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Latino Recipes For The Holidays: Creamy Mashed Yucca

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Stephen Chavez and Art Rodriguez

Yucca, or cassava, is a Latin American root vegetable with a similar texture and taste of potatoes, but a bit more fibrous. Light and airy, the yucca root can be boiled, fried, or mixed into soups and other dishes. In this dish, we boiled and then turned the yucca into a creamy mash with loads of butter and heavy cream.

Yucca, a staple in Latin American cuisine, is also popular in Africa and Asia. Some of the ways people cook with yucca in Latin America includes adding chunks of the root that has been peeled to vegetable or chicken soup and stews. The starchy root can enhance a soup’s flavor and easily substitute adding potatoes. You can also puree the yucca and the other vegetables to make a thick, creamy soup. There’s also the popular yucca con mojo (garlic yucca), which is basically fried yucca with a garlic and citrus sauce poured on top. I absolutely love cooking and eating yucca and prefer it any day over a plain old potato.

It’s tricky to find fresh yucca here in the United States unless you live in a densely populated Latino community. Luckily for us in Los Angeles, they are in most grocery stores. Nowadays it’s easier to find bags of frozen yucca, where it comes peeled and ready to cook. The look of the unpeeled yucca root can be intimidating at first, but once you build up the courage to slice off the waxy brown peel, you realize that it is quite easy to work with and has so much versatility. Serve the creamy mashed yucca with a tender roasted pork.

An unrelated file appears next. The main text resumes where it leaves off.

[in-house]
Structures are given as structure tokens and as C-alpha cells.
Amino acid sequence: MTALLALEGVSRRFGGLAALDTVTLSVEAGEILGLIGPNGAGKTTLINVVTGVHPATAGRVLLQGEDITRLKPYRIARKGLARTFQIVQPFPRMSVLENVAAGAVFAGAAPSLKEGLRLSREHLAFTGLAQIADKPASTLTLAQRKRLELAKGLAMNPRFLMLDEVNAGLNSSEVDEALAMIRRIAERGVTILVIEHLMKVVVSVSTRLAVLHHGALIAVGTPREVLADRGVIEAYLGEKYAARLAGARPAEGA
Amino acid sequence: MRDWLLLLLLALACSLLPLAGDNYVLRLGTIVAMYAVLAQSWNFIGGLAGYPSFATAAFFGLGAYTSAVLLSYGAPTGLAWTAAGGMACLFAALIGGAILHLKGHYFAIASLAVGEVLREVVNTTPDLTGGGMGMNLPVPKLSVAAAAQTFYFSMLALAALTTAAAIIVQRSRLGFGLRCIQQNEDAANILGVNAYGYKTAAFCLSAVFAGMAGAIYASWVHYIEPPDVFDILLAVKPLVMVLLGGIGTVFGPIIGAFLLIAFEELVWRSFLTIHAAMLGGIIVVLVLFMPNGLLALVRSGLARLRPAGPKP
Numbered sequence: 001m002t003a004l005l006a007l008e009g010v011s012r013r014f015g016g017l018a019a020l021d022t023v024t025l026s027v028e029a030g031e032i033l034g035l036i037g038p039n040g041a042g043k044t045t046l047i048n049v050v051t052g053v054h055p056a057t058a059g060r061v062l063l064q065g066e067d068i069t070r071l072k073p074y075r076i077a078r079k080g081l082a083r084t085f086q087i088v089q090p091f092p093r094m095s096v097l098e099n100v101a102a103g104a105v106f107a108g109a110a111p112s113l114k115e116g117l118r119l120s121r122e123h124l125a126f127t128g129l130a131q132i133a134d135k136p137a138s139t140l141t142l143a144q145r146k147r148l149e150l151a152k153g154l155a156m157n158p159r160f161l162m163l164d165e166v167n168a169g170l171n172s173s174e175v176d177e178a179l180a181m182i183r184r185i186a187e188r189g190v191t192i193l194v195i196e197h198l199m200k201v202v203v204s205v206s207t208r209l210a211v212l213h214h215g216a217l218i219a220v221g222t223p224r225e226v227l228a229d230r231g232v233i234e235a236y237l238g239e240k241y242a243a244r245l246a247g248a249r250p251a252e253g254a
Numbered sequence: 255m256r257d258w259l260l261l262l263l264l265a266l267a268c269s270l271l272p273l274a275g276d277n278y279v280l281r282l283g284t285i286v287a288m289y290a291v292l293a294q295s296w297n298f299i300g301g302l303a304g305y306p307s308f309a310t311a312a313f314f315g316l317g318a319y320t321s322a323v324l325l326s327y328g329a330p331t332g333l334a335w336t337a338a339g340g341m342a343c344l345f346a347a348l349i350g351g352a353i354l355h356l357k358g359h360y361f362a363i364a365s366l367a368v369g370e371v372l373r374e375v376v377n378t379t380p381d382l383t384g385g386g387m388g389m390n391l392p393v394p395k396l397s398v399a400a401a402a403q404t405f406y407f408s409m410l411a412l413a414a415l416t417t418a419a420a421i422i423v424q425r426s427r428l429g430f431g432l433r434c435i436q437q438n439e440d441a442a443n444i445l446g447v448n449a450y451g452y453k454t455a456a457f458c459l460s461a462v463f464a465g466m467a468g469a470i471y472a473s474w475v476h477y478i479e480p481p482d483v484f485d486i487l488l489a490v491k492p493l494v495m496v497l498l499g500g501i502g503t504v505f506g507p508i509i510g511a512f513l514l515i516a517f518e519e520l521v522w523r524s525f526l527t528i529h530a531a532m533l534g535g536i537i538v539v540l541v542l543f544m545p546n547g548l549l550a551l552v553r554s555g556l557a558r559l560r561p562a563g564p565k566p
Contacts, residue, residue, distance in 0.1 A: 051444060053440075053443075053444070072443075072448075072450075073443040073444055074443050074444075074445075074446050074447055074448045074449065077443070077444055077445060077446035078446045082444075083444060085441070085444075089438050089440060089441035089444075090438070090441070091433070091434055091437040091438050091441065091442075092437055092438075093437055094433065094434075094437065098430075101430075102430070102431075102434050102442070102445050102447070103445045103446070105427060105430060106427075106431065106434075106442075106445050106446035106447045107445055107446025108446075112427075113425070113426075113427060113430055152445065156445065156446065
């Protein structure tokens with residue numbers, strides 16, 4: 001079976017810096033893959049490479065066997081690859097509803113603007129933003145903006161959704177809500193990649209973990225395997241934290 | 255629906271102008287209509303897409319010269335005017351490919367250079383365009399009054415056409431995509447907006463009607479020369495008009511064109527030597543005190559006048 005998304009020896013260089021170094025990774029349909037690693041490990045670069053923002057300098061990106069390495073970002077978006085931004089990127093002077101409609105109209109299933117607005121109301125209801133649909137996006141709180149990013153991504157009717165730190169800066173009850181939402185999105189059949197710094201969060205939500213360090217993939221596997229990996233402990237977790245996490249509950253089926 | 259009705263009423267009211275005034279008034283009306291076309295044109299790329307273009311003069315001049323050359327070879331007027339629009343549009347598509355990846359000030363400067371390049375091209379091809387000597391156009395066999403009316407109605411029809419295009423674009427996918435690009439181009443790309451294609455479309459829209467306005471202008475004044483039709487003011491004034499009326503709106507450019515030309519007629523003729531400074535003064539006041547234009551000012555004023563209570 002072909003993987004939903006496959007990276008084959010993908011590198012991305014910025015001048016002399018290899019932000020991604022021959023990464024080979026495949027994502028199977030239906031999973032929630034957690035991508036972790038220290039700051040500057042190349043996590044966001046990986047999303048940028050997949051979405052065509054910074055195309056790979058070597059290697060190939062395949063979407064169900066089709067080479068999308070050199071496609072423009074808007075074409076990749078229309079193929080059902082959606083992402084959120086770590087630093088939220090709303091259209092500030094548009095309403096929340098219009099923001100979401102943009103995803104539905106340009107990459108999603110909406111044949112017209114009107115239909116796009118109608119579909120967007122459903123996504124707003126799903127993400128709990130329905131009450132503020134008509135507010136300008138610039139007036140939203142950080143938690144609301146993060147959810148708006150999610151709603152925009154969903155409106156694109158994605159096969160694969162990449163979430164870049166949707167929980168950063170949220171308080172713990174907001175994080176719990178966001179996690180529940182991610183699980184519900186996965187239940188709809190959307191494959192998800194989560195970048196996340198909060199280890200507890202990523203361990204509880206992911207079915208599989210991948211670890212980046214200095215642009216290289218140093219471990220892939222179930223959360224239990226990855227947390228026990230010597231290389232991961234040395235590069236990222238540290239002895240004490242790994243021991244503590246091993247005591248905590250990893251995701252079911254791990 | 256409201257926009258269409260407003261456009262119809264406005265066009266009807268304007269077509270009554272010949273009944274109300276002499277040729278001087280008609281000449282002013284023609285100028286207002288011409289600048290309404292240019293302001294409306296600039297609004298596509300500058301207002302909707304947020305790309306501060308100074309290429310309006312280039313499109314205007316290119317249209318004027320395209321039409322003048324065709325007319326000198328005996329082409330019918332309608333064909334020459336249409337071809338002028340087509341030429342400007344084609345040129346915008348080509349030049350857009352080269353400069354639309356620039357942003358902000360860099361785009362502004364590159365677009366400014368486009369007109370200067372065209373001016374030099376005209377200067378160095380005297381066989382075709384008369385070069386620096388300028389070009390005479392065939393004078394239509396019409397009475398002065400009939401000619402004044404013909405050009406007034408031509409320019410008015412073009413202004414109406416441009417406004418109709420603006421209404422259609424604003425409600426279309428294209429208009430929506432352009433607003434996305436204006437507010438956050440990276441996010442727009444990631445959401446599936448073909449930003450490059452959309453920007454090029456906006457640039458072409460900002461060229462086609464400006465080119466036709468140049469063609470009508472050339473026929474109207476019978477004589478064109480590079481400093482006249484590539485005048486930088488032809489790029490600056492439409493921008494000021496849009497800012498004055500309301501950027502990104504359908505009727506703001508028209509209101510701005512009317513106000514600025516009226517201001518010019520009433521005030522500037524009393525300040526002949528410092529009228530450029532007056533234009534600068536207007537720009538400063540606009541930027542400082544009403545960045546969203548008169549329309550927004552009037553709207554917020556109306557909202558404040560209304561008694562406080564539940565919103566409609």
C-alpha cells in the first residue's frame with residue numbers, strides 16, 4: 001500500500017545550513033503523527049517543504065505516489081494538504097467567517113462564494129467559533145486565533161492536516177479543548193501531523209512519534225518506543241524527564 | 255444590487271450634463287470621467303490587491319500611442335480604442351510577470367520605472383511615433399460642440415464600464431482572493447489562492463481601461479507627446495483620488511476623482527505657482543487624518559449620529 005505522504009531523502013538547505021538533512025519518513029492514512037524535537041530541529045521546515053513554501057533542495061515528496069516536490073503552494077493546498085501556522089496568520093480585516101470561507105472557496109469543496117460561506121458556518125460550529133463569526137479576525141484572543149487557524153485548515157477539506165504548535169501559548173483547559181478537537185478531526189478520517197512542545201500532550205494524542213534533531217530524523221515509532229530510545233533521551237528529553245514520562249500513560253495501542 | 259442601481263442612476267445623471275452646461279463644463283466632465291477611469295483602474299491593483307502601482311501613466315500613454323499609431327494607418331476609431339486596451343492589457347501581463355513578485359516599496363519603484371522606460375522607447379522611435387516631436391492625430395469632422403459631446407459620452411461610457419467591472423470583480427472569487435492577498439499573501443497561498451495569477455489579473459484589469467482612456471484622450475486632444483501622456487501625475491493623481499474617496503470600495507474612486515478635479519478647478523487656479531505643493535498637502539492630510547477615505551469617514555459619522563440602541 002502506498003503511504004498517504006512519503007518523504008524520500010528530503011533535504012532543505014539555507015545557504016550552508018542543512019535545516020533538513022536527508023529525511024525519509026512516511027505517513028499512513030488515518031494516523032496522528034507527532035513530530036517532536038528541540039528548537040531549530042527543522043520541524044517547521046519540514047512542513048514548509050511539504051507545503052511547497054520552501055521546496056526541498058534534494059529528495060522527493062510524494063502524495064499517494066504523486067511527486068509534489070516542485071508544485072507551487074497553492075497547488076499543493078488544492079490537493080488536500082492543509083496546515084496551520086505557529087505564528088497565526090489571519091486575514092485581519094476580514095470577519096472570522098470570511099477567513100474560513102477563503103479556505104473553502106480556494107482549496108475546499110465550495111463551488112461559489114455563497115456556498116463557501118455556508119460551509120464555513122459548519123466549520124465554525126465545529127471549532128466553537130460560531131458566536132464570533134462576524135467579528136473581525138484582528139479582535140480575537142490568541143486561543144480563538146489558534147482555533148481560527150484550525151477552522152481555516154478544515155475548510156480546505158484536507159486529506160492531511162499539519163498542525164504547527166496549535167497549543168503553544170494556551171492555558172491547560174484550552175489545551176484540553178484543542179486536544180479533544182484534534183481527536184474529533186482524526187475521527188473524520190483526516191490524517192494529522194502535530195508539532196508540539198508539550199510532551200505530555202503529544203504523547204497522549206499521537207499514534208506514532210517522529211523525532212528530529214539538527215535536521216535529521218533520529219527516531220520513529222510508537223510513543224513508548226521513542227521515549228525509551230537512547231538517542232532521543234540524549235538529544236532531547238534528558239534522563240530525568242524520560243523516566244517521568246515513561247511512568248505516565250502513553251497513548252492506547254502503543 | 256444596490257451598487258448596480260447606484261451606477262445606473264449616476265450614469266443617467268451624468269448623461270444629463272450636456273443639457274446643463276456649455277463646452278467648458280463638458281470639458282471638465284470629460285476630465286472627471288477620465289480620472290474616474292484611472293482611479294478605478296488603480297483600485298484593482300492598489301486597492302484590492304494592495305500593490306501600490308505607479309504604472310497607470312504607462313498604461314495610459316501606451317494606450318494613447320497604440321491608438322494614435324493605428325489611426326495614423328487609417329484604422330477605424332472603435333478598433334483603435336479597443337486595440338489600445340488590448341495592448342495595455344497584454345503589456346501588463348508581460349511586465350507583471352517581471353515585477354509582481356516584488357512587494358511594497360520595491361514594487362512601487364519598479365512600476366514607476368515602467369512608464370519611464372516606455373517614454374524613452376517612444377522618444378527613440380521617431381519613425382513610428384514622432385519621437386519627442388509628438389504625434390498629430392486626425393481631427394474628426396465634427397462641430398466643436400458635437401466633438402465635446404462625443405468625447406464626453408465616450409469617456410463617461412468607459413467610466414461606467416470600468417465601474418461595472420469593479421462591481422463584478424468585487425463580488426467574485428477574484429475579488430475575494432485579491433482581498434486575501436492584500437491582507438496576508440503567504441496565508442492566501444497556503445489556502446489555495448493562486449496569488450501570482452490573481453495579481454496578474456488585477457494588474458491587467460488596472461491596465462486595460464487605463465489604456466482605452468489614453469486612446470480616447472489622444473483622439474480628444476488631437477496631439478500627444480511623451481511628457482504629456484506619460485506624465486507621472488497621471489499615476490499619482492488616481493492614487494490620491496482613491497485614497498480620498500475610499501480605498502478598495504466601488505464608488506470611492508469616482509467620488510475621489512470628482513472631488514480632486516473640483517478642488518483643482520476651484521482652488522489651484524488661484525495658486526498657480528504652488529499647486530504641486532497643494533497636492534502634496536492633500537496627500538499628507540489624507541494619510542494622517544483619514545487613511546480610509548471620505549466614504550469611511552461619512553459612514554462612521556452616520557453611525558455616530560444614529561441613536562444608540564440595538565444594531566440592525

Creamy Mashed Yucca
Yields: 6 servings
Prep time: 10 minutes
Cook time: 25 minutes

  • 5 pounds whole yucca (fresh or frozen), peeled and cut into 3-inch sections (about 5 pounds trimmed weight or 5 pounds frozen chunks)
  • 4 tablespoons butter, unsalted
  • ¼ heavy cream or milk
  • ¼ teaspoon of nutmeg
  • 1 tablespoon of salt
  • 1 tablespoon of pepper
  1. Place the yucca in a large 6-quart pot. Cover with 5 quarts cold water. Add the salt and bring to boil over high heat. Lower heat to medium and cook covered until it feels tender when pierced with a fork but still keeps its shape, about 30 minutes. Be careful not to overcook because yucca can turn into a gooey paste.
  2. In a large mixing bowl, add the cooked yucca, butter, and cream.
  3. Mash until all lumps are gone.
  4. Add the seasonings of nutmeg, salt and pepper.

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